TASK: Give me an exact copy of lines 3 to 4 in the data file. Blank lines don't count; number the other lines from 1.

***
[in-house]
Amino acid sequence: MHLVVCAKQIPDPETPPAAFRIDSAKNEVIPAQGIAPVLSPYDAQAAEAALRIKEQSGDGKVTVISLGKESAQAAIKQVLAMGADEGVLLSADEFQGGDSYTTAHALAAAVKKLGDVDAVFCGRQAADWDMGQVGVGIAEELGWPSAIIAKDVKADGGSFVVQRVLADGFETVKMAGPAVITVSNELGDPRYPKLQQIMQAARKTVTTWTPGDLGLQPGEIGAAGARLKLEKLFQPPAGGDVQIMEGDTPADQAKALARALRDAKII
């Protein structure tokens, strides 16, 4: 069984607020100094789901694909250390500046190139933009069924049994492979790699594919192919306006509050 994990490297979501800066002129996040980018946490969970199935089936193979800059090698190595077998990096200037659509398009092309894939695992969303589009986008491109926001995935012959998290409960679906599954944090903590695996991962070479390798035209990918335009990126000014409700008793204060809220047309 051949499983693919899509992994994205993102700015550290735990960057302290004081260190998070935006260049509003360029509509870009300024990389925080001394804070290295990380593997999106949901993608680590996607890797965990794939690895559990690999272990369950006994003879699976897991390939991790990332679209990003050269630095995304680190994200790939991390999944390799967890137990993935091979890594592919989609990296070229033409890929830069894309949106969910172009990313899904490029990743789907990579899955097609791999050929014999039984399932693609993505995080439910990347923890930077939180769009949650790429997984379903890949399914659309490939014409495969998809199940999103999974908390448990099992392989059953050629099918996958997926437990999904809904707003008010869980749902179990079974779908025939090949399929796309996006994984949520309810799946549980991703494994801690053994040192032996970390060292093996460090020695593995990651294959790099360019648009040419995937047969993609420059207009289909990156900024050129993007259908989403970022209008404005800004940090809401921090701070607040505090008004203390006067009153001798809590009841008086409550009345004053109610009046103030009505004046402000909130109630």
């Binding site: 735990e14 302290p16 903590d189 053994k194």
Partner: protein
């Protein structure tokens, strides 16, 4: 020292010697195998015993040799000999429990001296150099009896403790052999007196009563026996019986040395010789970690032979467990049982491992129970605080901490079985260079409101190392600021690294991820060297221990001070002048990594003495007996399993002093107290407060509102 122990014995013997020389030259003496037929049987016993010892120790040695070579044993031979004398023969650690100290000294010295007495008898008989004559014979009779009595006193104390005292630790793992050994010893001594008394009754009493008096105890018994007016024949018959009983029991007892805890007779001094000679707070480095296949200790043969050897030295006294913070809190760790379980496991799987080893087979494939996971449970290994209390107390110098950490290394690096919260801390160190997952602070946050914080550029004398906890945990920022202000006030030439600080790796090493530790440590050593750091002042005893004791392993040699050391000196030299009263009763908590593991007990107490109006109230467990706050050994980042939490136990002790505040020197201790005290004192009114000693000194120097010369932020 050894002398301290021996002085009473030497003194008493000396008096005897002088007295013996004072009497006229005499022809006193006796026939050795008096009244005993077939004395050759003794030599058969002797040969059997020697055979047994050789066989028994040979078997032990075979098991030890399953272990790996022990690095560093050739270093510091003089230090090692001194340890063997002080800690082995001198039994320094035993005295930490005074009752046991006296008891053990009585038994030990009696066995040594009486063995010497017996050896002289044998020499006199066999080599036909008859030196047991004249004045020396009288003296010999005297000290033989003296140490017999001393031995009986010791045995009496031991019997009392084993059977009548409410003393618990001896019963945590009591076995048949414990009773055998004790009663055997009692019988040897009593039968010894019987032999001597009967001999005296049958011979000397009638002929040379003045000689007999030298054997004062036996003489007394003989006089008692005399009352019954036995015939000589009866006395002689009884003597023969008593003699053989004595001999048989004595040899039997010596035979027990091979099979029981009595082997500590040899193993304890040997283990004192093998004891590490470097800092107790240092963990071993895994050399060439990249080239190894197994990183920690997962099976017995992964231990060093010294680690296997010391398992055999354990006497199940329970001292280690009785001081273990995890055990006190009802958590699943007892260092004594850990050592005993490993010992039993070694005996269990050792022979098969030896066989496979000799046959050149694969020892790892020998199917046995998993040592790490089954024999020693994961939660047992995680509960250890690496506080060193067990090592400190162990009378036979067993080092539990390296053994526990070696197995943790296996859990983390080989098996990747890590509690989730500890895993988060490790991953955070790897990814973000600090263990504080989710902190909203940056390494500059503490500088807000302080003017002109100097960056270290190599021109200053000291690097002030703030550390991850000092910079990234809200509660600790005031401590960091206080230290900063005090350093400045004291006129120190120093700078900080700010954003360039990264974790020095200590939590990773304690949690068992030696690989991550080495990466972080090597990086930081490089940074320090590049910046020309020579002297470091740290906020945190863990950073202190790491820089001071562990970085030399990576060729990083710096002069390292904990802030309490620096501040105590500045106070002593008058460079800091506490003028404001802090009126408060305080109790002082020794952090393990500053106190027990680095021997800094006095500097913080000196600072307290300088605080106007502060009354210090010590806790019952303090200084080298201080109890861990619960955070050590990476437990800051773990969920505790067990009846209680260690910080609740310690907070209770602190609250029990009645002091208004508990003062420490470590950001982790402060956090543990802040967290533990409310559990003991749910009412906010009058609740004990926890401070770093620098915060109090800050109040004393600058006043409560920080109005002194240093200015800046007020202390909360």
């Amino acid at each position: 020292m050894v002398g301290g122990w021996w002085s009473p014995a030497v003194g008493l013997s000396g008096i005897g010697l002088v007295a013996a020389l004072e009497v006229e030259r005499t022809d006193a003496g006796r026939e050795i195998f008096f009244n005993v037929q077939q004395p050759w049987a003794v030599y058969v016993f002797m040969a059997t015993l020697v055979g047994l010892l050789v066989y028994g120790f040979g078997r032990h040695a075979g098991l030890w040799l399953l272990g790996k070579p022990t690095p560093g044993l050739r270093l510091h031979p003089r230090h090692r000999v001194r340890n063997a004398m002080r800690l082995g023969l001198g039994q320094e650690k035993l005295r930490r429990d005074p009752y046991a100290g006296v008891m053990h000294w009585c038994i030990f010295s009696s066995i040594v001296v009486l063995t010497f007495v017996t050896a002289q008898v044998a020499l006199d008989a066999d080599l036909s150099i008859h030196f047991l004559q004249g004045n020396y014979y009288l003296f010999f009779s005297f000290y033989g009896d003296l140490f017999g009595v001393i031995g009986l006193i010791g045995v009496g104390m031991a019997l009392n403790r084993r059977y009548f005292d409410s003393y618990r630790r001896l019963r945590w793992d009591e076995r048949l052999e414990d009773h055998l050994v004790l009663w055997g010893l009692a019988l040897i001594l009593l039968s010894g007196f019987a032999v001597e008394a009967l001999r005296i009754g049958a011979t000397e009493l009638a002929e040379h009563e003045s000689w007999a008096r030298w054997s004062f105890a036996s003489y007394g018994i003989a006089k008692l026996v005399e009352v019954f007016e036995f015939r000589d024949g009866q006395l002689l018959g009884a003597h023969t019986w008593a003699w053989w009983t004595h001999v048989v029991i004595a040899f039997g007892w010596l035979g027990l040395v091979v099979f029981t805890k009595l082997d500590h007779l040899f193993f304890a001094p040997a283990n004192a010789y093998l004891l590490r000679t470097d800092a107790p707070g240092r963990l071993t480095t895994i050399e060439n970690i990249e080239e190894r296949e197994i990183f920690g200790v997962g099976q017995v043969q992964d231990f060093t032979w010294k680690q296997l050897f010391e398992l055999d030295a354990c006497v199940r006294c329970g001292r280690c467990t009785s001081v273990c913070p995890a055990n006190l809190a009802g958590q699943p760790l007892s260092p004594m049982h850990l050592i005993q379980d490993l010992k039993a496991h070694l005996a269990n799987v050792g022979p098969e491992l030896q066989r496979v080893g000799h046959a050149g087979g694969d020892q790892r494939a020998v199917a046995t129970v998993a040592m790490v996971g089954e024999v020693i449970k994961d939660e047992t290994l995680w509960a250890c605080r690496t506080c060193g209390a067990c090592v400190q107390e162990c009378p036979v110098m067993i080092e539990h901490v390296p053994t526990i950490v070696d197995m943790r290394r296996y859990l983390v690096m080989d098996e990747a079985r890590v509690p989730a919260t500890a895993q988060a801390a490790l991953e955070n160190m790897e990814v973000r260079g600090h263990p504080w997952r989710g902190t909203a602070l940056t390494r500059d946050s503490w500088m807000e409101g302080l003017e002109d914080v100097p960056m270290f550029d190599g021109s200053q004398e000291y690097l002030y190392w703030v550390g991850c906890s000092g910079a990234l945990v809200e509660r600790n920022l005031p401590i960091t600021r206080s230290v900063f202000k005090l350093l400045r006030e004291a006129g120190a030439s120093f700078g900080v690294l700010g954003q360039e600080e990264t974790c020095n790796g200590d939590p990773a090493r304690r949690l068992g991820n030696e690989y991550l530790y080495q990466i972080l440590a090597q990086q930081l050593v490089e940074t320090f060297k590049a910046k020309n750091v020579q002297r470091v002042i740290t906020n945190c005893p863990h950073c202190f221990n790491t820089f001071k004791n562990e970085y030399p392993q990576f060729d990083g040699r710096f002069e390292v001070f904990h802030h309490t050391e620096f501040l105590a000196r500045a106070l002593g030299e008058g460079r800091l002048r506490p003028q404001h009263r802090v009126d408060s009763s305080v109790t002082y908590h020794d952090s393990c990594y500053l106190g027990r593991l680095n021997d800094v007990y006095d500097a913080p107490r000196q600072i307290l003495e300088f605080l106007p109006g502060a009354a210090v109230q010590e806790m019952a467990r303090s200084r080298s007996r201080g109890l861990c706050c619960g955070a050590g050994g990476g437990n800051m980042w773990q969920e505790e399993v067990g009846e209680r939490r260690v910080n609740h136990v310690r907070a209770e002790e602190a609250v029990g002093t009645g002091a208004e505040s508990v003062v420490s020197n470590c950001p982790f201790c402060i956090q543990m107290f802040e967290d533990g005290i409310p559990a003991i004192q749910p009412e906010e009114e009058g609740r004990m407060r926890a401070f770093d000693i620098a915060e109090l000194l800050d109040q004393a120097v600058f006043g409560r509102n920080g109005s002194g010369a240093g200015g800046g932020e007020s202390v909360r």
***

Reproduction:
């Protein structure tokens, strides 16, 4: 069984607020100094789901694909250390500046190139933009069924049994492979790699594919192919306006509050 994990490297979501800066002129996040980018946490969970199935089936193979800059090698190595077998990096200037659509398009092309894939695992969303589009986008491109926001995935012959998290409960679906599954944090903590695996991962070479390798035209990918335009990126000014409700008793204060809220047309 051949499983693919899509992994994205993102700015550290735990960057302290004081260190998070935006260049509003360029509509870009300024990389925080001394804070290295990380593997999106949901993608680590996607890797965990794939690895559990690999272990369950006994003879699976897991390939991790990332679209990003050269630095995304680190994200790939991390999944390799967890137990993935091979890594592919989609990296070229033409890929830069894309949106969910172009990313899904490029990743789907990579899955097609791999050929014999039984399932693609993505995080439910990347923890930077939180769009949650790429997984379903890949399914659309490939014409495969998809199940999103999974908390448990099992392989059953050629099918996958997926437990999904809904707003008010869980749902179990079974779908025939090949399929796309996006994984949520309810799946549980991703494994801690053994040192032996970390060292093996460090020695593995990651294959790099360019648009040419995937047969993609420059207009289909990156900024050129993007259908989403970022209008404005800004940090809401921090701070607040505090008004203390006067009153001798809590009841008086409550009345004053109610009046103030009505004046402000909130109630």
């Binding site: 735990e14 302290p16 903590d189 053994k194």